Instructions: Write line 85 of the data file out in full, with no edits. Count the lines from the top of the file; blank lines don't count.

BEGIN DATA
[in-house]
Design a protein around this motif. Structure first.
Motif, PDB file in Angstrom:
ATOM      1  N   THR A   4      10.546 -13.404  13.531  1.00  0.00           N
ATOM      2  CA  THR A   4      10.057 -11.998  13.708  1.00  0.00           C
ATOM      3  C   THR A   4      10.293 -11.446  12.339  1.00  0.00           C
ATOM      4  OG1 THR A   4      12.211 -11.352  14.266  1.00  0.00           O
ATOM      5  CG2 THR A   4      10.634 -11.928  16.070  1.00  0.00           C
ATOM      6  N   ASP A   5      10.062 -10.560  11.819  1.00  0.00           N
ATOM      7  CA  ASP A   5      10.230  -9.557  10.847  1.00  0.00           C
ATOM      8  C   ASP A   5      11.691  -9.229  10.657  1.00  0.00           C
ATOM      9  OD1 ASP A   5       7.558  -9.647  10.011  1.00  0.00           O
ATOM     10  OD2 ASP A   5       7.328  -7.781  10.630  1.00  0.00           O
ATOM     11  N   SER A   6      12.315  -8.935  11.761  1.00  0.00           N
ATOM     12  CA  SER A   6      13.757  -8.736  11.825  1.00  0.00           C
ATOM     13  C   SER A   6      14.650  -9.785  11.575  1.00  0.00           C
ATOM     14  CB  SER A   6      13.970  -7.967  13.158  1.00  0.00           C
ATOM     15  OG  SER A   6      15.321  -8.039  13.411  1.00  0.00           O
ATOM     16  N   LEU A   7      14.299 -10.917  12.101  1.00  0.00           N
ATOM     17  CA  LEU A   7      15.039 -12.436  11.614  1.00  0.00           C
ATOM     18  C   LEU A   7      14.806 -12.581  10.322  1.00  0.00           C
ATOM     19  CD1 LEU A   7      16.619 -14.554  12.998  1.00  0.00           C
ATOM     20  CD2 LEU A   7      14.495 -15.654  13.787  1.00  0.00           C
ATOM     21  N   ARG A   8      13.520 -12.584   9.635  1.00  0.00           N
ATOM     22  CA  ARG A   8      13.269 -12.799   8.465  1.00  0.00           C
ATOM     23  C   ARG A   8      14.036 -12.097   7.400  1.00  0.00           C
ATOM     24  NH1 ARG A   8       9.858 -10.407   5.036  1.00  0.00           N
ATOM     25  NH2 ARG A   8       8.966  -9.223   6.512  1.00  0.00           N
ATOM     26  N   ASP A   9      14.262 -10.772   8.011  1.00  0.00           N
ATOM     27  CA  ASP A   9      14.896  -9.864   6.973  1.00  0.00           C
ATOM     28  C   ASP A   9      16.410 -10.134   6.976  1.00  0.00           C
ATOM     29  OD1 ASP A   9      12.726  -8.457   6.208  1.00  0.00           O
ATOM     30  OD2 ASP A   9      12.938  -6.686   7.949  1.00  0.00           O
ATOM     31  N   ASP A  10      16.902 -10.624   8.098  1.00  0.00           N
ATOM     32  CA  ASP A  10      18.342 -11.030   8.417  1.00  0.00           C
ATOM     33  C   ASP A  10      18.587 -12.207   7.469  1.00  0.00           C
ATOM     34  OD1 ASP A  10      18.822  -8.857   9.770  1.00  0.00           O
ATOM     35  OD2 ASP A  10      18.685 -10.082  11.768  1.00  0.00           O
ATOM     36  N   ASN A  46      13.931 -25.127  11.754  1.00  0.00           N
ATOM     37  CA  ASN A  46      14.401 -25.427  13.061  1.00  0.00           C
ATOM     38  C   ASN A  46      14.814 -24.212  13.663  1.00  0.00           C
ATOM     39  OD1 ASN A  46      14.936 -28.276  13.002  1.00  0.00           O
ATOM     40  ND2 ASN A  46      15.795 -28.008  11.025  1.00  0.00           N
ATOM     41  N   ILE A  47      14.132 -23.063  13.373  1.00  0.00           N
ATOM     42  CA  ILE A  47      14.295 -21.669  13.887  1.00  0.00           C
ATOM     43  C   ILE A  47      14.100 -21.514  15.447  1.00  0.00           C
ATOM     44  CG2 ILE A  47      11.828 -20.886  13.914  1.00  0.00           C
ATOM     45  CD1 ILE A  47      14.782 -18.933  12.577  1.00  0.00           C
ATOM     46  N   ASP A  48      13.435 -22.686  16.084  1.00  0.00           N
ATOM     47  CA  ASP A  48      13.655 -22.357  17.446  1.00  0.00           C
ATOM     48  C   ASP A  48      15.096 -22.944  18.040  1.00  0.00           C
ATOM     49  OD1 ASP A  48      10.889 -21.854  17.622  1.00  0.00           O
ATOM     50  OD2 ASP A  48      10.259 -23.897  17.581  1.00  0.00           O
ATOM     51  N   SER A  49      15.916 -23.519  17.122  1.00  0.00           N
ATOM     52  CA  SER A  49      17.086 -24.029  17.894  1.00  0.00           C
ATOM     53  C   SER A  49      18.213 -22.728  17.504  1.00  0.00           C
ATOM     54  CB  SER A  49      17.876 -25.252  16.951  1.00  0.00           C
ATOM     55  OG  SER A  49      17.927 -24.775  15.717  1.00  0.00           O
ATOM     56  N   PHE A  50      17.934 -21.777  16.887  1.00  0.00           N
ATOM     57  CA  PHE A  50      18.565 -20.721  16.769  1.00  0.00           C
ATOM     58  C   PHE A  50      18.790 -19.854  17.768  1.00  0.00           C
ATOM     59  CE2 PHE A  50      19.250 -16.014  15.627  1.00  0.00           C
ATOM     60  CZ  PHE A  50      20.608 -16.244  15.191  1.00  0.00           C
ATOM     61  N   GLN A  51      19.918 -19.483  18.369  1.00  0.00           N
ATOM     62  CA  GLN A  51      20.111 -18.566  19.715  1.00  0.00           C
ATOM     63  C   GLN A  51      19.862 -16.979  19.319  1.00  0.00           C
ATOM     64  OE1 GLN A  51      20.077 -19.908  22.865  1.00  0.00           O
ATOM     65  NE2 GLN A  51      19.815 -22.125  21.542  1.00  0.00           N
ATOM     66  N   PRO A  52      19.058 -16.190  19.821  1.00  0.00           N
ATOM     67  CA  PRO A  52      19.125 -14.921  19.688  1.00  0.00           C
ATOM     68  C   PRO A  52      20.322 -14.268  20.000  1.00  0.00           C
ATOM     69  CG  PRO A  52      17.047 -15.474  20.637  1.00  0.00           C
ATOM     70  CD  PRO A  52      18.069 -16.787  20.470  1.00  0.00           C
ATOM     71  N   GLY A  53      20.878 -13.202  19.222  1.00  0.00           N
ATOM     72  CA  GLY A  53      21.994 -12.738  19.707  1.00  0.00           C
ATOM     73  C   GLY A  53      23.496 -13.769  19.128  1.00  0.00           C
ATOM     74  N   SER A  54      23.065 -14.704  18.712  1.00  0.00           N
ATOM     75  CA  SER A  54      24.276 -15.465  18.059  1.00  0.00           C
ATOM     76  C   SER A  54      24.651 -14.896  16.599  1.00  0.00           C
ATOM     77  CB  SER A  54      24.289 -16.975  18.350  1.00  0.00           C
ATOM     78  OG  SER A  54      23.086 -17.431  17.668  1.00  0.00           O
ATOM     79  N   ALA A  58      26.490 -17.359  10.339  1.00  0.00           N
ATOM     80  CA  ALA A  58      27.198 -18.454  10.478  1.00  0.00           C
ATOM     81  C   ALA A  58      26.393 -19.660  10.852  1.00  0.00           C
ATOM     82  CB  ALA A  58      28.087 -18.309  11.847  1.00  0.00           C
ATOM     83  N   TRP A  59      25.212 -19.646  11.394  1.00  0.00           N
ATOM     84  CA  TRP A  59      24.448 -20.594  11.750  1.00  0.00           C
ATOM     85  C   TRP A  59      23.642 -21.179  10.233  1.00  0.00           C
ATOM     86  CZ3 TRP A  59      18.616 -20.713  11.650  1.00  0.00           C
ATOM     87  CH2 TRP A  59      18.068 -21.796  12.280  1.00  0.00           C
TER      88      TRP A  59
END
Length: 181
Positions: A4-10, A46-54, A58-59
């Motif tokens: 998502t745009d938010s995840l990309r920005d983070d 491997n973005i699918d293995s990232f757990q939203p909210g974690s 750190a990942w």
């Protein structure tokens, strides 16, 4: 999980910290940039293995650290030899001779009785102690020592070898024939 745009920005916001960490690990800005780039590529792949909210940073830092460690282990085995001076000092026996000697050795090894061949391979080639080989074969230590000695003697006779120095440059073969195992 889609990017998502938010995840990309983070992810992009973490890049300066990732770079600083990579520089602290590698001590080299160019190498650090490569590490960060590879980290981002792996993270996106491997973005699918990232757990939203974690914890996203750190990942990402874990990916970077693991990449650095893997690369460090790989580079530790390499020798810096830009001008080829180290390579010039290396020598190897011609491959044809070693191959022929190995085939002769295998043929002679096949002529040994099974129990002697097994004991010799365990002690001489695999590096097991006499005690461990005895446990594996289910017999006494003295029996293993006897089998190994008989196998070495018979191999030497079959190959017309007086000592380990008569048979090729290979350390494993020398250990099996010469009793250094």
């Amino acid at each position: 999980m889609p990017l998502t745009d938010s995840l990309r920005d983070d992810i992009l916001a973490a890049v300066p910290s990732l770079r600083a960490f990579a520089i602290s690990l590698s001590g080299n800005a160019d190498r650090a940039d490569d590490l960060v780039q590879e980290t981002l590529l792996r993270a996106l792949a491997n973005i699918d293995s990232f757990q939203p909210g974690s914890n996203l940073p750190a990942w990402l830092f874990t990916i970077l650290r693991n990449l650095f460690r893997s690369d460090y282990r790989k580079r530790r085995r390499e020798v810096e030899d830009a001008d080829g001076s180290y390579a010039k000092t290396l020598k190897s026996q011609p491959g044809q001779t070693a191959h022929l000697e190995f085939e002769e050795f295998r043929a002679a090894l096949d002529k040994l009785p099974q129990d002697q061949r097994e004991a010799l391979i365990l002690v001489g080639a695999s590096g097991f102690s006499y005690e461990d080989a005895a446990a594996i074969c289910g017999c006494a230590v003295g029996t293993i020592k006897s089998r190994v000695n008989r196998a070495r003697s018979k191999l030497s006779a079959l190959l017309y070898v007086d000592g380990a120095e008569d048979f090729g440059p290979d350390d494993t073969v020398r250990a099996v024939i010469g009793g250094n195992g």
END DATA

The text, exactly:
ATOM     82  CB  ALA A  58      28.087 -18.309  11.847  1.00  0.00           C